Bartholomäus O.

I was so terrified, I couldn't speak

The Carinthian Slovene Bartholomäus O. was born in 1936, the fifth of eight children. His parents owned a small farm. His father also had to work as a forestry worker to supplement their income.

Mr. O.'s childhood was characterized by terrible fear – of school, where he was only allowed to speak German, and of the uniformed police, who mistreated him and put his family's house under observation in order to expose his family's support of the partisans. As a result of his fear of strangers at the farm, he didn't dare to return home, which – in addition to the psychological strain – brought with it a terrible illness with life-long consequences.

Black-and-white-photograph: two men and a slaughtered pig.
Two members of the Wehrmacht cutting up a slaughtered pig, 1941. (c) ÖNB/Heydecker

My father was called Batholomäus O. and was born on 27th July 1896. My mother Helene, née P., was born on 2nd May 1900. My father was a forestry worker at the company "Lasch". My parents had inherited a small farm from my grandfather and lived in Zell-Freibach. As my father was already too old to be conscripted into the German Armed Forces, he had to serve in the Zell-Pfarre Air Defense. So he often spent a few nights a week away from home and my mother was at home alone with us children. I was the fifth of eight children.

In 1942, I started elementary school. As we only spoke Slovenian at home, I found school very difficult. In the first grade, I had a teacher who was understanding of my situation. In the second grade, however, it got worse and worse. Police were accommodated in the first floor of the building, above my classroom. One time, in the second grade, I was standing in front of the blackboard and there was a shot upstairs. The bullet went through the ceiling and became lodged in the blackboard, right next to me and the teacher. It only missed us by a few centimeters. I was so terrified, I couldn't speak. The teacher also collapsed in terror. I became so scared of school that I cried and shook everyday when I had to enter the school building.

A few days later, with great disinclination, I arrived at school. There were lots of policemen lined up in rank and file in the square in front of the school building. We had to greet each one with our lifted arms outstretched in the "Hitlergruß" – it was compulsory. I went past them and saluted, as I had been taught at school. Apparently, I was doing something wrong, for suddenly a policeman stepped out of line and slapped me in the face so hard that I went flying and bled from my nose and my right ear. The policeman grabbed me, set me on my feet, and said: "Tell me, how do you salute Hitler correctly?" I stretched my arm out high and shouted "Heil Hitler!" and he chased me away. Now I didn't want to go to school at all. I couldn't concentrate and was terrified.

One day, in winter, I was on my way home from school. Shortly before I reached my parents' house, I saw police marching along the street. I was so terrified that I ran across the Freibach stream, which was cold and partially frozen, and up the hill on the other side to get out of their way, although I was nearly up to my neck in snow. Then I walked alongside the woods to my parents' house. When I reached the door, I heard unfamiliar male voices inside. I thought it was the police. So, wet through, I ran to the barn and hid. Then, I fell unconscious. My mother was already worried because I hadn't returned home. She looked outside and saw footprints leading from the woods to the barn. That was how she found me. I caught pneumonia and orchitis and kept slipping in and out of consciousness. As the doctor couldn't or wouldn't come, my mother started lighting candles. She thought that I wouldn't survive and she prayed and prayed. In the end, I slowly recovered but I was no longer in a fit state to go to school. That is why I never got further than the second grade.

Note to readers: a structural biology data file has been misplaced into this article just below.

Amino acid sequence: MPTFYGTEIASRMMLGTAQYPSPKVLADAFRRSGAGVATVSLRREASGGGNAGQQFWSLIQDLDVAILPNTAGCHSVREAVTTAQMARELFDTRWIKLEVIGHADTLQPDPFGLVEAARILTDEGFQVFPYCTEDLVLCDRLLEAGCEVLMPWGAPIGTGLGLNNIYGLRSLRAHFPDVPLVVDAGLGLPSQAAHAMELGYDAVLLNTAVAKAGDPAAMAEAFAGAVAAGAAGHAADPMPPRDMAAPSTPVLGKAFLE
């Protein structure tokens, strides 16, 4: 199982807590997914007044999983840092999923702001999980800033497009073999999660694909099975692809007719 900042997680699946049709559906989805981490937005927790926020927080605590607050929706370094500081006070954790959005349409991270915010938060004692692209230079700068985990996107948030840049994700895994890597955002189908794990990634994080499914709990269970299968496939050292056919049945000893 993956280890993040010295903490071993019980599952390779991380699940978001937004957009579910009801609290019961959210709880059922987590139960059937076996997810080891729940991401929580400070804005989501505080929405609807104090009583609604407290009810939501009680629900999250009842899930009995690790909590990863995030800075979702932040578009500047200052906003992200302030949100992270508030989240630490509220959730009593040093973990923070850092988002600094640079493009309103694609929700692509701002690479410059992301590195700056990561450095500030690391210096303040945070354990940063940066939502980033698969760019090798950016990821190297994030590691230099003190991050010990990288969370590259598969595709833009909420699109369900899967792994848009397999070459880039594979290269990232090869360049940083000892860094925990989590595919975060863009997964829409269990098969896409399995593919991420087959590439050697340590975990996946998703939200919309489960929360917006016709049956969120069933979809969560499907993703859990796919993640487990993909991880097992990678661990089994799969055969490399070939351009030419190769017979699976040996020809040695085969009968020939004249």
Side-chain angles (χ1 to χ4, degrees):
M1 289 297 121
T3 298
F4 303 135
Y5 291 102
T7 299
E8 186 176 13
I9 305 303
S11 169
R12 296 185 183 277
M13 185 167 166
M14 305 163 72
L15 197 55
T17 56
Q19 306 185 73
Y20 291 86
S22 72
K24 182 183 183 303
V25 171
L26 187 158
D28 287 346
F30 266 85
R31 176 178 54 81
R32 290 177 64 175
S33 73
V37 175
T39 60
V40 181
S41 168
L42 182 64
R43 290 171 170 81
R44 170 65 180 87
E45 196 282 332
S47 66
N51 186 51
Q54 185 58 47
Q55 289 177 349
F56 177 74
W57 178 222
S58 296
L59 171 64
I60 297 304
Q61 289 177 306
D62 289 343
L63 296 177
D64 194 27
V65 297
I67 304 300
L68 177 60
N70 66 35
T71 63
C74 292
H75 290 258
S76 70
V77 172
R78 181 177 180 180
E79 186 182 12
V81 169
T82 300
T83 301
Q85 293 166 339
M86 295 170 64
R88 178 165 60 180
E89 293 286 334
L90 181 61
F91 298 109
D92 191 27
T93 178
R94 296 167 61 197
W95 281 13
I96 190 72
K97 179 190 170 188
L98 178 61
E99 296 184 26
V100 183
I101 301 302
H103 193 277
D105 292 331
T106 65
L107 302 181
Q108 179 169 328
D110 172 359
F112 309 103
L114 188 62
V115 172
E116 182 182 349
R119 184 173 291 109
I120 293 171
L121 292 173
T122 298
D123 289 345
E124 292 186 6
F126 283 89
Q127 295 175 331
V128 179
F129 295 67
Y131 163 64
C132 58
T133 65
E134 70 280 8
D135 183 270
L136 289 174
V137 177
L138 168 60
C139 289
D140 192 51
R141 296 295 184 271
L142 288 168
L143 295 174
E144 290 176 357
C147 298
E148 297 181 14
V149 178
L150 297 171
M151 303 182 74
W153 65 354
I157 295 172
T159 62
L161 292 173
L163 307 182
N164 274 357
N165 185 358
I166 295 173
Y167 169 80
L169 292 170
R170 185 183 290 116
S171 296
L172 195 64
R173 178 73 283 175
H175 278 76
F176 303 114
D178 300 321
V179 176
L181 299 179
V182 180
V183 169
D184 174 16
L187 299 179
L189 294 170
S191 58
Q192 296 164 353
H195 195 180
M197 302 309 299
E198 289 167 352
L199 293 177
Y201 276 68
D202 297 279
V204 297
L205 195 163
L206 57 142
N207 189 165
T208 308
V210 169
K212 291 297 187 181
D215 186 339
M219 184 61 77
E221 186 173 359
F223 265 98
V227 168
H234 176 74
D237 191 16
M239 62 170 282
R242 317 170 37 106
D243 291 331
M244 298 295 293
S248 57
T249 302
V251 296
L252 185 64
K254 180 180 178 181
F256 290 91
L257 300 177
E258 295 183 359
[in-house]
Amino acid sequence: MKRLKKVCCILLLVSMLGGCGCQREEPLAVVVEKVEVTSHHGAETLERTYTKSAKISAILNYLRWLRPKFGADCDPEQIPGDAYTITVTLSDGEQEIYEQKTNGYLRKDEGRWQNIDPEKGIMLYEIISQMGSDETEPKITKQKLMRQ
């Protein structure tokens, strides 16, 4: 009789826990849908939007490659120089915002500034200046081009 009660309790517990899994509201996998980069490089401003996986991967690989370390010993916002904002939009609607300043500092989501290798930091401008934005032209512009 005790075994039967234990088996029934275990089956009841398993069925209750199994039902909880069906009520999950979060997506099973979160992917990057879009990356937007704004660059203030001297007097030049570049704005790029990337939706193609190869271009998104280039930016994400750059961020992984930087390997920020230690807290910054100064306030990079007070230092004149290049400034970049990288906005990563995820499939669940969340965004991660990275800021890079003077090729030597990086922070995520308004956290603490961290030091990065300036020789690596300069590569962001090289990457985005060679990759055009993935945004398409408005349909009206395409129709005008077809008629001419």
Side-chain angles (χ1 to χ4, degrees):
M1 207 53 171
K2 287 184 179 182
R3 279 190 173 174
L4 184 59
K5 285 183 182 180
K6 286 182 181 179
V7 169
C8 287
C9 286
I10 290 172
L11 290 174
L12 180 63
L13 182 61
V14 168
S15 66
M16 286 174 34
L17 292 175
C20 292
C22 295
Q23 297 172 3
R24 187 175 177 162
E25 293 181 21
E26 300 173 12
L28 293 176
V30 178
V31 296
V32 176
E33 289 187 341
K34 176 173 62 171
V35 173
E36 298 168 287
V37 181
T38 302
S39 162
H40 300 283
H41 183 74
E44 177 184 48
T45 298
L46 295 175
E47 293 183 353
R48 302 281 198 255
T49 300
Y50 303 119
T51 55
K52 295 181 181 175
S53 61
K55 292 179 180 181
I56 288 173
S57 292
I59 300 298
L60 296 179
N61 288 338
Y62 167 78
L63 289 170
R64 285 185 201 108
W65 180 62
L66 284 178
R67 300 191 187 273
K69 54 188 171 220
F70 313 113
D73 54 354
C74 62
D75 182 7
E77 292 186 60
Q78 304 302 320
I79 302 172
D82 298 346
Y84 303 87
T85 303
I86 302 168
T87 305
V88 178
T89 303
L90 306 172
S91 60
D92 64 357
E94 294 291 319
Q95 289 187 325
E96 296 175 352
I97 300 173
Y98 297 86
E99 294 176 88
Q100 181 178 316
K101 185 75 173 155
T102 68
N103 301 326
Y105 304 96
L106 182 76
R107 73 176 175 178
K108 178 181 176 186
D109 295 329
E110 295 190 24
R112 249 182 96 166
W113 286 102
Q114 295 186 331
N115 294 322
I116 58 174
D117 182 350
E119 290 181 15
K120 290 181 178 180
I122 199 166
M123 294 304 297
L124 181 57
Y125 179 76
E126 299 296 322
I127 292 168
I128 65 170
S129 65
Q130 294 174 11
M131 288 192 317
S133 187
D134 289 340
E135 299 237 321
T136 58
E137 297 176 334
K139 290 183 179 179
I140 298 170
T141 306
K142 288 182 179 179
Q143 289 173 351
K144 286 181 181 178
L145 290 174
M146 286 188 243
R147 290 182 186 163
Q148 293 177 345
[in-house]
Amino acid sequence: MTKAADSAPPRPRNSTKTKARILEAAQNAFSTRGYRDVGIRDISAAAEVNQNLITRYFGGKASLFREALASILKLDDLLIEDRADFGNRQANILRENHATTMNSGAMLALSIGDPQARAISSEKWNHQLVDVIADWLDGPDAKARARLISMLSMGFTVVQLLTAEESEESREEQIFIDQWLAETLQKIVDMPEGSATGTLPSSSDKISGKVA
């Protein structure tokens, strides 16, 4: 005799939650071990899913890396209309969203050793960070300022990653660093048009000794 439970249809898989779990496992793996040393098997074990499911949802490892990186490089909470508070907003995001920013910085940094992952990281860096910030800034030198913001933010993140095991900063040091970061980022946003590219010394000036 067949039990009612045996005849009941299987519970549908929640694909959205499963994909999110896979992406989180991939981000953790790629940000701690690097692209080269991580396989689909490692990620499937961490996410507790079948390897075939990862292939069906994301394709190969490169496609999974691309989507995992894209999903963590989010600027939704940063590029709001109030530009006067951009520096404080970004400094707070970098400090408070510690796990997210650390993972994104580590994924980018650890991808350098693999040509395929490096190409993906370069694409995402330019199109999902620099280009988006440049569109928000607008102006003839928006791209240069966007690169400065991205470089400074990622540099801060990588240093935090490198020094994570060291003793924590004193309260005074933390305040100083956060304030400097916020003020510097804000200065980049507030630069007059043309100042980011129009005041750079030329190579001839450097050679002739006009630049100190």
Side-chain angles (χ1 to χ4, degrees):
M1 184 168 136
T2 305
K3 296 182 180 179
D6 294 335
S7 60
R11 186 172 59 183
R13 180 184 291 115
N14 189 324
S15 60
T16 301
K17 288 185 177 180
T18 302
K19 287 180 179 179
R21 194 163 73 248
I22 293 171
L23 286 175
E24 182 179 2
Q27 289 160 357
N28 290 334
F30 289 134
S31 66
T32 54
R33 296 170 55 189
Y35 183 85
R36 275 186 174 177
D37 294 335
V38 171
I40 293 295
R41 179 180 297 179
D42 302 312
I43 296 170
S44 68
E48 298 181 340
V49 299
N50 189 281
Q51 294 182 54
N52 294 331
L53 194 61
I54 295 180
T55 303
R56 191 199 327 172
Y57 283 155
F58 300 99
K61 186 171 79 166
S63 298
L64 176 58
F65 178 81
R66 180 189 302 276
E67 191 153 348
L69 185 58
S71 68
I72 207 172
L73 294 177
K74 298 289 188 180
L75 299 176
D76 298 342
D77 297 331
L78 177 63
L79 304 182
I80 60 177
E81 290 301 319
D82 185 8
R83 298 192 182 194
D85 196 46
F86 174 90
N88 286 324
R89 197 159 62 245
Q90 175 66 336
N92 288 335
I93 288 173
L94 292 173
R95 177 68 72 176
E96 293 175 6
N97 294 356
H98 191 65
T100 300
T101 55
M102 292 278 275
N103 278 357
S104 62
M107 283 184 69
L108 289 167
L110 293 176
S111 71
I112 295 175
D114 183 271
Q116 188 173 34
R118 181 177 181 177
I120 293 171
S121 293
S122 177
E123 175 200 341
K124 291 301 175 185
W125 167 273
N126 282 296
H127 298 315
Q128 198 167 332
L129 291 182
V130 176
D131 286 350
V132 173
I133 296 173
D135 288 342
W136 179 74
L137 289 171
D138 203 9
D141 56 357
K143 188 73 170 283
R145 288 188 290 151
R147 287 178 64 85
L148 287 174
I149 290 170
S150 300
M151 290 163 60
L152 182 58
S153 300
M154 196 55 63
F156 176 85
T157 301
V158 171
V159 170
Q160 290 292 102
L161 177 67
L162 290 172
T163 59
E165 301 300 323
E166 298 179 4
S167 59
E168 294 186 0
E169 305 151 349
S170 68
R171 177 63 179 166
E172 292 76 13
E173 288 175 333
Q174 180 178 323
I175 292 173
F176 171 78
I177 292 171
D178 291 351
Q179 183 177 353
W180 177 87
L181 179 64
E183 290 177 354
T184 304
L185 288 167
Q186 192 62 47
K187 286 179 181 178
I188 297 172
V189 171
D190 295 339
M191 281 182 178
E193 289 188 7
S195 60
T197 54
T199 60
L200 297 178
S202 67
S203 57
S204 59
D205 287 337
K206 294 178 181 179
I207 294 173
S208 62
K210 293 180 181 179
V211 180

From 1943, the partisans often came round to pick up food. Most of the time, they came silently in the evening or during the night. My parents didn't have much themselves, but they gave them what they could. It was strictly forbidden to help the partisans.

One day, my father gave the partisans a pig. But someone betrayed him and the Gestapo came and arrested him. He was taken to Klagenfurt and interrogated for three days. He was abused, pushed around and beaten. But he kept repeating that the partisans had come and taken the pig by force and he had been unable to fight back. After three days, he was released but he was constantly observed and checked up on by the police. They came to the house regularly and searched for evidence of helping the partisans. I was always very scared and often hid under the bed. My parents were regularly interrogated and as a result they were terribly desperate and frightened.

Around the end of the war, a scattering of troops, among others Ustascha [1] and Weißgardisten [2] came to our house. They helped themselves to our food, using force if they weren't given anything voluntarily, all the while aiming at us with their guns. They found our potato supply and took everything. They also fought among themselves for our milk.

Due to his persecution and abuse by the National Socialists, Bartholomäus O. suffered terrible physical and psychological damage which severely restricts him, even today.

First publication of this article in: Renate S. Meissner on behalf of the National Fund (Ed.): Lives Remembered. Life Stories of Victims of National Socialism. Vienna, 2010, pages 208-210.

[1] A Croatian fascist movement in collaboration with the German Reich.
[2] Anti-Communist units fighting alongside the German Reich.